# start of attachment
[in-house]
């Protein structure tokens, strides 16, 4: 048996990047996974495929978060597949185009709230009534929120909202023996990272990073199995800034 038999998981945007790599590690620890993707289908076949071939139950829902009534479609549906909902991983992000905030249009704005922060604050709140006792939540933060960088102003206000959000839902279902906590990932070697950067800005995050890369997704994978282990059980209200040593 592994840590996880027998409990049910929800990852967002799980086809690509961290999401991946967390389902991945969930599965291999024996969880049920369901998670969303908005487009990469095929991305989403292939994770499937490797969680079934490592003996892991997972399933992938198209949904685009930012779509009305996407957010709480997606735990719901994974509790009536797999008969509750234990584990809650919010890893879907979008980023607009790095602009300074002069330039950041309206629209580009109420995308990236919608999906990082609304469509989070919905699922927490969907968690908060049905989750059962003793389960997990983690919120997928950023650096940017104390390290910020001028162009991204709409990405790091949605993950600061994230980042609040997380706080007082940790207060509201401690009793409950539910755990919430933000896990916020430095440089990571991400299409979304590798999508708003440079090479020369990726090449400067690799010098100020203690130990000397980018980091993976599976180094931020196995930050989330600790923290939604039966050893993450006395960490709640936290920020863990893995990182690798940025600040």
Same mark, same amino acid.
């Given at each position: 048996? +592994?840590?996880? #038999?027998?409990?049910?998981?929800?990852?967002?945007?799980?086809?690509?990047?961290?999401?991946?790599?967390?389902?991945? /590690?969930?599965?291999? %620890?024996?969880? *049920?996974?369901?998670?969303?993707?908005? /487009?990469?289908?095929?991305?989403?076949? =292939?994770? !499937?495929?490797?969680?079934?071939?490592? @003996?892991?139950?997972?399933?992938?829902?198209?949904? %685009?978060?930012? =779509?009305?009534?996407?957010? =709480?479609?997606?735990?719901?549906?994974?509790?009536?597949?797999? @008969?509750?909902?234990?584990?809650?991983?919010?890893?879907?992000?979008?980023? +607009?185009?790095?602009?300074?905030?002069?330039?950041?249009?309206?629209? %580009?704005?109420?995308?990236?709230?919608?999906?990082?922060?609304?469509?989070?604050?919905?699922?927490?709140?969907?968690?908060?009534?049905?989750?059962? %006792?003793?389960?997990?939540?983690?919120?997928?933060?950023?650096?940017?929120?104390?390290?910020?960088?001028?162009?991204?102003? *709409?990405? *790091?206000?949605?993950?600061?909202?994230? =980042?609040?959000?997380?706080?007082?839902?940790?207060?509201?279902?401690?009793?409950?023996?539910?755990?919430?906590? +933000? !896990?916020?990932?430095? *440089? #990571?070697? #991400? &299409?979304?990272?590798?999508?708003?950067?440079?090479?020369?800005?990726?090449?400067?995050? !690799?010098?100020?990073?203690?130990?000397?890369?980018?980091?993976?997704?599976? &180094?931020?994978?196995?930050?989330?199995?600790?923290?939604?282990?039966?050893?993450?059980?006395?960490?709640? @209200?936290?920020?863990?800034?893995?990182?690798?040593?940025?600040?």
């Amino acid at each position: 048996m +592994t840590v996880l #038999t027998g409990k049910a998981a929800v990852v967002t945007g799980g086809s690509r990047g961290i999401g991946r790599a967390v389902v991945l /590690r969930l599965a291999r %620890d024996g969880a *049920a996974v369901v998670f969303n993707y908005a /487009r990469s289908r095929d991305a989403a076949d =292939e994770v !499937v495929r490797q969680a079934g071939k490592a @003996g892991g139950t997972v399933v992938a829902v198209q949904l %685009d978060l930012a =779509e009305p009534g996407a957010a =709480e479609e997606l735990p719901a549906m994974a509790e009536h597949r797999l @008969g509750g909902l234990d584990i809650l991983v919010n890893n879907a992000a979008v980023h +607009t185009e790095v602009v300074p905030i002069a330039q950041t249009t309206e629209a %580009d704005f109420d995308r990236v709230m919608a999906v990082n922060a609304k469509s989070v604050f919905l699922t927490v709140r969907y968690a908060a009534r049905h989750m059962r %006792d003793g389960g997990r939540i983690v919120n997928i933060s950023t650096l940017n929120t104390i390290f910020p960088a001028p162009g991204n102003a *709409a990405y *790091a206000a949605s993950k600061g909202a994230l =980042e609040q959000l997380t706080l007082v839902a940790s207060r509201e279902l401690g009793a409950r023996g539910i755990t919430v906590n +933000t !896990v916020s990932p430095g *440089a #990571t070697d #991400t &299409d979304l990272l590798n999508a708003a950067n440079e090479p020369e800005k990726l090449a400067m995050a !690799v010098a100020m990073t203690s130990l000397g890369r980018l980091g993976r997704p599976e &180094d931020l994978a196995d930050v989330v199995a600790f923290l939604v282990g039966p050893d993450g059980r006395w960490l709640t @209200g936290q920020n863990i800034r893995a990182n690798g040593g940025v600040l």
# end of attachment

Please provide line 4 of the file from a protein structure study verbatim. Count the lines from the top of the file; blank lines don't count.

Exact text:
């Given at each position: 048996? +592994?840590?996880? #038999?027998?409990?049910?998981?929800?990852?967002?945007?799980?086809?690509?990047?961290?999401?991946?790599?967390?389902?991945? /590690?969930?599965?291999? %620890?024996?969880? *049920?996974?369901?998670?969303?993707?908005? /487009?990469?289908?095929?991305?989403?076949? =292939?994770? !499937?495929?490797?969680?079934?071939?490592? @003996?892991?139950?997972?399933?992938?829902?198209?949904? %685009?978060?930012? =779509?009305?009534?996407?957010? =709480?479609?997606?735990?719901?549906?994974?509790?009536?597949?797999? @008969?509750?909902?234990?584990?809650?991983?919010?890893?879907?992000?979008?980023? +607009?185009?790095?602009?300074?905030?002069?330039?950041?249009?309206?629209? %580009?704005?109420?995308?990236?709230?919608?999906?990082?922060?609304?469509?989070?604050?919905?699922?927490?709140?969907?968690?908060?009534?049905?989750?059962? %006792?003793?389960?997990?939540?983690?919120?997928?933060?950023?650096?940017?929120?104390?390290?910020?960088?001028?162009?991204?102003? *709409?990405? *790091?206000?949605?993950?600061?909202?994230? =980042?609040?959000?997380?706080?007082?839902?940790?207060?509201?279902?401690?009793?409950?023996?539910?755990?919430?906590? +933000? !896990?916020?990932?430095? *440089? #990571?070697? #991400? &299409?979304?990272?590798?999508?708003?950067?440079?090479?020369?800005?990726?090449?400067?995050? !690799?010098?100020?990073?203690?130990?000397?890369?980018?980091?993976?997704?599976? &180094?931020?994978?196995?930050?989330?199995?600790?923290?939604?282990?039966?050893?993450?059980?006395?960490?709640? @209200?936290?920020?863990?800034?893995?990182?690798?040593?940025?600040?």